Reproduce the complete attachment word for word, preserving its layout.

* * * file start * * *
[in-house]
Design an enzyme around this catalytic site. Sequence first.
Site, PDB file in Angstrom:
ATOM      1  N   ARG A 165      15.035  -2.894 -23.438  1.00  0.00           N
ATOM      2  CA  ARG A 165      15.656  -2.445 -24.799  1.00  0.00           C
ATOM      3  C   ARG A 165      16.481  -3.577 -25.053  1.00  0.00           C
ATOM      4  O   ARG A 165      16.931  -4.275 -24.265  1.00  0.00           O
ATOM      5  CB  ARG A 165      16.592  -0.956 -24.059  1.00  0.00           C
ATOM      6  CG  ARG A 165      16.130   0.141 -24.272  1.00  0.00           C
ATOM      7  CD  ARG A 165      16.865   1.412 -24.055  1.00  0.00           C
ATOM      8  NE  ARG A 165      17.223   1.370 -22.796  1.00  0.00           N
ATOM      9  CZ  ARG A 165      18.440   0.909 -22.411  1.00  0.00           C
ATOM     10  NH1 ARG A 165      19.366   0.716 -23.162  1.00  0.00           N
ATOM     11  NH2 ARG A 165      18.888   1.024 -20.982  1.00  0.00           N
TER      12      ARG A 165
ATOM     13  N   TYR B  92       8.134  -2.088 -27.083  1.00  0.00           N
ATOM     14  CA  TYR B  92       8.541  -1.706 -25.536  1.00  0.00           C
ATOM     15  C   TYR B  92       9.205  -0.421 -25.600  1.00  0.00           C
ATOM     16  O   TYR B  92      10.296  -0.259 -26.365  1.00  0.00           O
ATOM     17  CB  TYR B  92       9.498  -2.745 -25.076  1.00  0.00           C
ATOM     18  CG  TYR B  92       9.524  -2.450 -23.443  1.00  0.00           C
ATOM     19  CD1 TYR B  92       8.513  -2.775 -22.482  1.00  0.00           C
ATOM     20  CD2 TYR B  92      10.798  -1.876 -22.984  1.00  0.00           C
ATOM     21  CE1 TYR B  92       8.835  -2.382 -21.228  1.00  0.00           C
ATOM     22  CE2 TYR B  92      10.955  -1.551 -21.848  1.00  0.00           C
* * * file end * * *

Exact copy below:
[in-house]
Design an enzyme around this catalytic site. Sequence first.
Site, PDB file in Angstrom:
ATOM      1  N   ARG A 165      15.035  -2.894 -23.438  1.00  0.00           N
ATOM      2  CA  ARG A 165      15.656  -2.445 -24.799  1.00  0.00           C
ATOM      3  C   ARG A 165      16.481  -3.577 -25.053  1.00  0.00           C
ATOM      4  O   ARG A 165      16.931  -4.275 -24.265  1.00  0.00           O
ATOM      5  CB  ARG A 165      16.592  -0.956 -24.059  1.00  0.00           C
ATOM      6  CG  ARG A 165      16.130   0.141 -24.272  1.00  0.00           C
ATOM      7  CD  ARG A 165      16.865   1.412 -24.055  1.00  0.00           C
ATOM      8  NE  ARG A 165      17.223   1.370 -22.796  1.00  0.00           N
ATOM      9  CZ  ARG A 165      18.440   0.909 -22.411  1.00  0.00           C
ATOM     10  NH1 ARG A 165      19.366   0.716 -23.162  1.00  0.00           N
ATOM     11  NH2 ARG A 165      18.888   1.024 -20.982  1.00  0.00           N
TER      12      ARG A 165
ATOM     13  N   TYR B  92       8.134  -2.088 -27.083  1.00  0.00           N
ATOM     14  CA  TYR B  92       8.541  -1.706 -25.536  1.00  0.00           C
ATOM     15  C   TYR B  92       9.205  -0.421 -25.600  1.00  0.00           C
ATOM     16  O   TYR B  92      10.296  -0.259 -26.365  1.00  0.00           O
ATOM     17  CB  TYR B  92       9.498  -2.745 -25.076  1.00  0.00           C
ATOM     18  CG  TYR B  92       9.524  -2.450 -23.443  1.00  0.00           C
ATOM     19  CD1 TYR B  92       8.513  -2.775 -22.482  1.00  0.00           C
ATOM     20  CD2 TYR B  92      10.798  -1.876 -22.984  1.00  0.00           C
ATOM     21  CE1 TYR B  92       8.835  -2.382 -21.228  1.00  0.00           C
ATOM     22  CE2 TYR B  92      10.955  -1.551 -21.848  1.00  0.00           C